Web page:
Tag Archives: 1 Corinthians

Curb Walking

29 Jun

I didn’t want to do it. I’d used the cooler morning to work in my vegetable garden and by 9:00, it was already 80 degrees. However, I’d met one of my writing deadlines; it was now time to start taking care of my temple.

“Do you not know that your bodies are temples of the Holy Spirit, who is in you, whom you have received from God? You are not your own; you were bought at a price. Therefore honor God with your bodies” (1 Corinthians 6:19–20 NIV).

It helps if I talk to myself. 
“This is the first day of the rest of my life. Get started. You can do it.”
Did I mention I didn’t want to do it?

I know routine helps me do the hard things. Apply sunscreen. Assemble hat, water, cell phone (includes music and timer). Stretch.
“It’s getting hotter and I really don’t want to do this.”

The strangest thing happened. I opened the door and started down the block. I had to stop and adjust my music. An instrumental version of “All the Way My Savior Leads Me” made me smile. About two blocks from home, the Maranatha Singers serenaded me with a favorite Scripture from the King James Bible. “As the deer panteth for the water, so my soul longeth after Thee” (Psalm 42:1 NIV).

I wasn’t panting yet.

It was time to renew my habit of curb walking. You may not have seen it done. I never have. Perhaps it’s time to share my secret of turning a walk into a workout without putting stress on joints. You’ll need a certain amount of “who cares what I look like” confidence, a neighborhood with curbs, and not too much traffic.

I walk close to the curb and take two steps on the street. Then I step up and take two steps on the sidewalk. Back to the street for two steps, then two steps on the sidewalk, and so on I go. Once you get the hang of it, you can move quickly.

One gentleman on a recumbent bike stopped me last spring. He had watched me cross the street to step up with my left foot for a block, then cross back to the other side and step up with my right foot for a block. I knew he was watching and I was a little embarrassed. But I didn’t stop.

“What is it you’re doing,” he asked as I approached.
“I’m curb walking. It’s my version of walking and step aerobics. That’s why I continue crossing back and forth across the street.”
“I’ve never seen it done, but it’s a good idea. You should be proud.”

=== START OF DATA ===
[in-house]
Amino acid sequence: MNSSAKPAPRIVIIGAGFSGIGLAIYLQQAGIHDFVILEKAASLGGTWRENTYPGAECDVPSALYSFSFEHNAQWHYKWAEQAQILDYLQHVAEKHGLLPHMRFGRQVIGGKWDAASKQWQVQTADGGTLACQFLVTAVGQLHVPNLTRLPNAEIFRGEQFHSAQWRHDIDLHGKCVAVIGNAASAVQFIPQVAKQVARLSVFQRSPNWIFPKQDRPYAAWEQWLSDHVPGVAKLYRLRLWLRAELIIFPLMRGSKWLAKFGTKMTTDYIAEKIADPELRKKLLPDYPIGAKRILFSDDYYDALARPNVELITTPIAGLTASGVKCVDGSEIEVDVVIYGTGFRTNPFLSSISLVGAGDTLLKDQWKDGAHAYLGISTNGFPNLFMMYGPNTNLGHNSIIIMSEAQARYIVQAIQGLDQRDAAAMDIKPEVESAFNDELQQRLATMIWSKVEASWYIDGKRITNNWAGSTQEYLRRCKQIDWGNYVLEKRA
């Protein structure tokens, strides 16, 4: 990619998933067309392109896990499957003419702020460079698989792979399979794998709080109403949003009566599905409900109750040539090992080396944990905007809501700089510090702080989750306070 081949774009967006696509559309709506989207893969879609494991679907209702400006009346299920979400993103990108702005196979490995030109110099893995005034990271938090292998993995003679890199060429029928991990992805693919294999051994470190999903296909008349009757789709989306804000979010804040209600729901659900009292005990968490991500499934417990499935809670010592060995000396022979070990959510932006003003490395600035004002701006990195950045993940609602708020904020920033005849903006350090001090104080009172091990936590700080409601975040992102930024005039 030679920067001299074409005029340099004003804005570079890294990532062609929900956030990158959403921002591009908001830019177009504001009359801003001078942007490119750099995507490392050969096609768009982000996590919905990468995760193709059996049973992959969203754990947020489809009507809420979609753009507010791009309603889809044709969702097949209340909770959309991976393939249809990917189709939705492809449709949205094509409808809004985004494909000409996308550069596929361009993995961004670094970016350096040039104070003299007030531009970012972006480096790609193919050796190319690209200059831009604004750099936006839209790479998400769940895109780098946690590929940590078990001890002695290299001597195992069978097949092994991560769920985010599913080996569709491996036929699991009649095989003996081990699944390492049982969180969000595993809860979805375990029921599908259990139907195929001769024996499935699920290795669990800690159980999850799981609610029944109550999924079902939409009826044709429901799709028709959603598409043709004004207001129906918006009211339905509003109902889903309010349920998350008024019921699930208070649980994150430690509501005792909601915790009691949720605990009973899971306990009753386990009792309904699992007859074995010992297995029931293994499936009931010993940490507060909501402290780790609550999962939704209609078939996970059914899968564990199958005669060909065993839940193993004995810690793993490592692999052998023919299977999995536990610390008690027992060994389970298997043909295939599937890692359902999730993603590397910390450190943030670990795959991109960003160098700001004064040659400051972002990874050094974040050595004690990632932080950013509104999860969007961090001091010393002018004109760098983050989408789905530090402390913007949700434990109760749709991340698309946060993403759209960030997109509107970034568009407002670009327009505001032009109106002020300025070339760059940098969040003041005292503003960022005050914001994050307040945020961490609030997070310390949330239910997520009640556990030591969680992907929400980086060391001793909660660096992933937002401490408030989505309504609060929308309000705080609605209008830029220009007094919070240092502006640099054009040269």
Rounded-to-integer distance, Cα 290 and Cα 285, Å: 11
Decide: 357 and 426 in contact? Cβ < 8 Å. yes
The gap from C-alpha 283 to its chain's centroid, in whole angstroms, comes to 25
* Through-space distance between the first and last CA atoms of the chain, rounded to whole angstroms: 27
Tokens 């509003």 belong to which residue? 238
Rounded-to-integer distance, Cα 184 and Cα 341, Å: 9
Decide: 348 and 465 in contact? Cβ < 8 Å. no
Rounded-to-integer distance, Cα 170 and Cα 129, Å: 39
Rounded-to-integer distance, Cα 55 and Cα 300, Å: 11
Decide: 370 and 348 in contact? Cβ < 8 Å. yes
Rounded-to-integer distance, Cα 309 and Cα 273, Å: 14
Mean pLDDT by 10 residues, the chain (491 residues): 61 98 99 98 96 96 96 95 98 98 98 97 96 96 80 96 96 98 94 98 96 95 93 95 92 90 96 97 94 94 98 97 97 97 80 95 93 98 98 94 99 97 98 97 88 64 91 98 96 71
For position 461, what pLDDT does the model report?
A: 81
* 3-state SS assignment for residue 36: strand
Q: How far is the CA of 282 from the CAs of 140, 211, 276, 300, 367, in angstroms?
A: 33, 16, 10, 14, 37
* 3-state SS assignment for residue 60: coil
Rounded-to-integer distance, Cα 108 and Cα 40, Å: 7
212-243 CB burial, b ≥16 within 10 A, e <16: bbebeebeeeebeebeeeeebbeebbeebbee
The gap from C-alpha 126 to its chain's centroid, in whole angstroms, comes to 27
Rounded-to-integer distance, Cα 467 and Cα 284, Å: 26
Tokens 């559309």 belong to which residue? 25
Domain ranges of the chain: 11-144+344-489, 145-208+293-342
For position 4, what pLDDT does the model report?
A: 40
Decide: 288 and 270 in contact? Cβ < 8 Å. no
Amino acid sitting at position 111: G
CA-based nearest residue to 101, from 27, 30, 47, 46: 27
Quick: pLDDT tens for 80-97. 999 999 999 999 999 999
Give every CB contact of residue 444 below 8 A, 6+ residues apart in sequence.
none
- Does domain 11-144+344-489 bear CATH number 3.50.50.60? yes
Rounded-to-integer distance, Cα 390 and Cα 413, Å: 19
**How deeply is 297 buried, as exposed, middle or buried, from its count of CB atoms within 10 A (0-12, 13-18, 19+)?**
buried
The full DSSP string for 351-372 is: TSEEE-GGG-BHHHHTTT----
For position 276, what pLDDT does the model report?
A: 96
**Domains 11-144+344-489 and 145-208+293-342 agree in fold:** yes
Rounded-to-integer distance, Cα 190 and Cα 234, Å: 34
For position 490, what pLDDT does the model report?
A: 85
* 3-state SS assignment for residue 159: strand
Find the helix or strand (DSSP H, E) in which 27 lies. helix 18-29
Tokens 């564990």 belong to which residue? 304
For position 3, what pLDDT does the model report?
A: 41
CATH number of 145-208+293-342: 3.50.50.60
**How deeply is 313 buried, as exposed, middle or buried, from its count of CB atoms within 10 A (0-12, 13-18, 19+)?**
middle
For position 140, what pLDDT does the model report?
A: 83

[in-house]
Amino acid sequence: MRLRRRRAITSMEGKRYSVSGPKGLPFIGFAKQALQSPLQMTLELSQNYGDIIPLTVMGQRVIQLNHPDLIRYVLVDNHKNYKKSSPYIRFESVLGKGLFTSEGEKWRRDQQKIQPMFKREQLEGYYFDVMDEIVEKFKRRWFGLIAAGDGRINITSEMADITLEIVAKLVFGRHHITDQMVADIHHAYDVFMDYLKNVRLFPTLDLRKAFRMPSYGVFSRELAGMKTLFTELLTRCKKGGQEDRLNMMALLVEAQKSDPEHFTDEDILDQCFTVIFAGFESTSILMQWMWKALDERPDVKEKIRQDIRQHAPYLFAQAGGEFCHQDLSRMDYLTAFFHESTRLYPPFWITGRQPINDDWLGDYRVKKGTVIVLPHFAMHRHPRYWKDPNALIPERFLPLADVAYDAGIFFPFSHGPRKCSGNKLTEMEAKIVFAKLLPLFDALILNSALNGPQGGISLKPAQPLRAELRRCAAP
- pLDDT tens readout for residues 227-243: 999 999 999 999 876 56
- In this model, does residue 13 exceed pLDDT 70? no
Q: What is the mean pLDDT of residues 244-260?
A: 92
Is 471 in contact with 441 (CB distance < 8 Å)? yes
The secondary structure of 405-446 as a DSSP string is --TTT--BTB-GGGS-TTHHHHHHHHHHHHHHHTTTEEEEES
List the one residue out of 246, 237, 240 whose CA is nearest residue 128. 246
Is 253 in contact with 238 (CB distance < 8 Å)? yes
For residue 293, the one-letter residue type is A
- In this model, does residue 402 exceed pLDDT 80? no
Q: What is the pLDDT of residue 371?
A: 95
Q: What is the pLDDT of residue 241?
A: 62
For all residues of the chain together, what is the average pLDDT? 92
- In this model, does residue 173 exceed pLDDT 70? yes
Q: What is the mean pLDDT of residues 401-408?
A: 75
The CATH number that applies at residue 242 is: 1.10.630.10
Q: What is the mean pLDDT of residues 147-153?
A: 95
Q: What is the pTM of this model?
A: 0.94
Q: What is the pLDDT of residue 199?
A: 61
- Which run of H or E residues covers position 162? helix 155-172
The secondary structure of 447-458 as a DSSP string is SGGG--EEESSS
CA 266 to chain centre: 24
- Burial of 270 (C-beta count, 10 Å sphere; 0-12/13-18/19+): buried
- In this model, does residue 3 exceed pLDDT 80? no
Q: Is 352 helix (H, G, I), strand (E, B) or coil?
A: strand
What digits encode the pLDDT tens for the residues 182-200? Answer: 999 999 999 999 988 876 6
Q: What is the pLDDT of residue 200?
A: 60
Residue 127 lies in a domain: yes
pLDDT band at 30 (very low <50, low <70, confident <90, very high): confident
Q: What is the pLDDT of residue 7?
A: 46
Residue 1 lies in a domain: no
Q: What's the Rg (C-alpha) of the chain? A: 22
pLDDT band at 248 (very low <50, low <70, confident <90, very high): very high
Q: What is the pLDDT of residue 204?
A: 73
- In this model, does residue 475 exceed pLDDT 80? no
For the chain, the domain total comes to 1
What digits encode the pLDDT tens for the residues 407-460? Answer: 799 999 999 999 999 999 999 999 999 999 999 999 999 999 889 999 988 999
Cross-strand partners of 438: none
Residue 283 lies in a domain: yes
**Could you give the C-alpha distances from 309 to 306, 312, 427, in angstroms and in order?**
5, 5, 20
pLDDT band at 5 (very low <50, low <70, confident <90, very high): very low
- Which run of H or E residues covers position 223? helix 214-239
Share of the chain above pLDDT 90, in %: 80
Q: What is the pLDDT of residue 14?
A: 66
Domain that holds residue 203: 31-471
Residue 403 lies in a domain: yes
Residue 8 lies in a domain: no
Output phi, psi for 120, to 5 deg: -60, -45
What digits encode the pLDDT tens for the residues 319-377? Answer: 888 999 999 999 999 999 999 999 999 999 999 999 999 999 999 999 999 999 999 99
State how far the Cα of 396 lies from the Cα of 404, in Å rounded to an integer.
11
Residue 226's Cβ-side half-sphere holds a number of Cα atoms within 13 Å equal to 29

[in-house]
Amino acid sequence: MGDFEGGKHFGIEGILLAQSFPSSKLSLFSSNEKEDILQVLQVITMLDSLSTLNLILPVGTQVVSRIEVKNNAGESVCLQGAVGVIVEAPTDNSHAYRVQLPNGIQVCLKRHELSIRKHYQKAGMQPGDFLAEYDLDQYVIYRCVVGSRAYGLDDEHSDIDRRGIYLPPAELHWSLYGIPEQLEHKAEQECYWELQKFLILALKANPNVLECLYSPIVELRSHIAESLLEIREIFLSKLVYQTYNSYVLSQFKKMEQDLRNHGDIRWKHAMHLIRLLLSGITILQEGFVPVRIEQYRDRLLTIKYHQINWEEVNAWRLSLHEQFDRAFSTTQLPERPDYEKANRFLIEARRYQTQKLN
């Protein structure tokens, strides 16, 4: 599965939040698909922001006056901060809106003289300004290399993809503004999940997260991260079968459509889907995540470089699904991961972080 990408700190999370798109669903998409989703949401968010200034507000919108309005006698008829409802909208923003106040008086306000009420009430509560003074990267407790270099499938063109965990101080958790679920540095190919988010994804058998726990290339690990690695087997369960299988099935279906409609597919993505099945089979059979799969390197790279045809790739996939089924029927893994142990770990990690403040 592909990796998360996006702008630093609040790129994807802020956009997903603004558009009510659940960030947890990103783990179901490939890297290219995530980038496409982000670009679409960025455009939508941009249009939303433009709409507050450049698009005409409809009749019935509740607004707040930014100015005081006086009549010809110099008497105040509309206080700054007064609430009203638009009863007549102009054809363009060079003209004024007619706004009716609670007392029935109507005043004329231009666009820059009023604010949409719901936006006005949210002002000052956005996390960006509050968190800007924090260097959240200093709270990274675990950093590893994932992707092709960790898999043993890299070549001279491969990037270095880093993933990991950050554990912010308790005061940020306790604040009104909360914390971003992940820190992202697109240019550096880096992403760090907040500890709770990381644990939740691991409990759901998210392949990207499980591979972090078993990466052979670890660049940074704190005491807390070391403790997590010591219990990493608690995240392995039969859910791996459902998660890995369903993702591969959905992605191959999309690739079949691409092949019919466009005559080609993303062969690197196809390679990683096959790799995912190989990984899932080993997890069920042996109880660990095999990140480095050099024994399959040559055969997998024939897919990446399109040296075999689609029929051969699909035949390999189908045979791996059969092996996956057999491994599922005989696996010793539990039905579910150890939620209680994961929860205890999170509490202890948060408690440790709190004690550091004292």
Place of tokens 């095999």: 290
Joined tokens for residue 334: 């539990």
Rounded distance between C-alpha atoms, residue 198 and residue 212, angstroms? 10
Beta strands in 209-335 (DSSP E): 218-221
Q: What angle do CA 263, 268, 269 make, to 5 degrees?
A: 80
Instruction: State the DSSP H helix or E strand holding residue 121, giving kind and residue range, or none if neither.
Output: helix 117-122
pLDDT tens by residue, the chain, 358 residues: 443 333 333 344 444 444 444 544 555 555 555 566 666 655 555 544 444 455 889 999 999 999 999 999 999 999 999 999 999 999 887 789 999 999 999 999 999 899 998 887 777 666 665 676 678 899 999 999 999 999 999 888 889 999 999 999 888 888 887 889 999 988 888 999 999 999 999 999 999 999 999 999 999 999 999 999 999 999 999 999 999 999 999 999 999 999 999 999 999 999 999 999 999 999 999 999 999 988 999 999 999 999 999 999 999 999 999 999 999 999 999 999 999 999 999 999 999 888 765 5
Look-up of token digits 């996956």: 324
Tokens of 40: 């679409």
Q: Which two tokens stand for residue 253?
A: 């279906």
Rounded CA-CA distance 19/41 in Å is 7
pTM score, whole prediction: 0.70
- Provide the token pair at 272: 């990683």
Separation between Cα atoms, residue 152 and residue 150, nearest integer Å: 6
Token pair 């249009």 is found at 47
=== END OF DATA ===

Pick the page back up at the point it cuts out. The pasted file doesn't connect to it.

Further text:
“Thank you. I know it looks silly, but it’s a good workout.”
“Don’t worry about how it looks. Just keep it up.” He rode off on his bike, his big dog leased by his side. That conversation did a lot for me. Thank you, God, for using other people to encourage us.

Surprisingly, I had a great time worshiping God and taking care of myself at the same time. It was only 25 minutes, but I’ll eventually get back to that hour I was doing five days a week last year. And to think I didn’t really want to do it.

It’s Time for Some Good News

18 May

There’s no shortage of bad news. The media thrives on our morbid curiosity, our tears, and our outrage. When an upbeat story finds its way to social media, people like it and share it multiple times. We long for good news.

I have good news that can bring smiles and change our outlook on life. For some, this is a reminder of what you already know. For others, the good news will be brand-new.

Here’s the Good News: You are loved.

This is not the “I love you for what I can get out of you” kind of love. That’s not love at all; that’s lust. You are loved affectionately, unselfishly, and wholeheartedly. You are valued just as you are. This isn’t a love you earn. It’s a gift. However, you do have to accept or receive the gift.

How do I know so much about love? If you read my post on April 13, you know I choose to believe the Bible. It’s a love story from beginning to end. It’s my joy to share a vital part of that love story.

This is love: not that we loved God, but that [God] loved us and sent his Son as an atoning sacrifice for our sins (1 John 4:10 NIV).

Sin means missing the mark as an archer might miss the bull’s-eye or straying from the path as in getting lost. God created us for perfect love and relationship with Himself and others. That’s the target, the ideal path in life. Admitting we miss the mark is the first step in recognizing our need of a Savior. “For all have sinned and fall short of the glory of God” (Romans 3:23 NASB95).

All—every one of us needs a Savior, My friend Mike says, “Some of us can jump further than others, but no one can jump the Grand Canyon.” That’s why Jesus came from heaven to earth.

For God so loved the world that he gave his one and only Son, that whoever believes in him shall not perish but have eternal life. For God did not send his Son into the world to condemn the world, but to save the world through him. (John 3:16–17 NIV).

What should we believe about Jesus Christ? Paul tells us in his letter to the Corinthians.

“For I delivered to you as of first importance what I also received, that Christ died for our sins according to the Scriptures, and that He was buried, and that He was raised on the third day according to the Scriptures, and that He appeared to [more than 500 people]” (1 Corinthians 15:3–5 NASB95).

If Christ remained in the grave, the story would be over. However, because He lives, we live also. Jesus said to [Martha], “I am the resurrection and the life; he who believes in Me will live even if he dies, and everyone who lives and believes in Me will never die. Do you believe this?” (John 11:25–26 NASB95).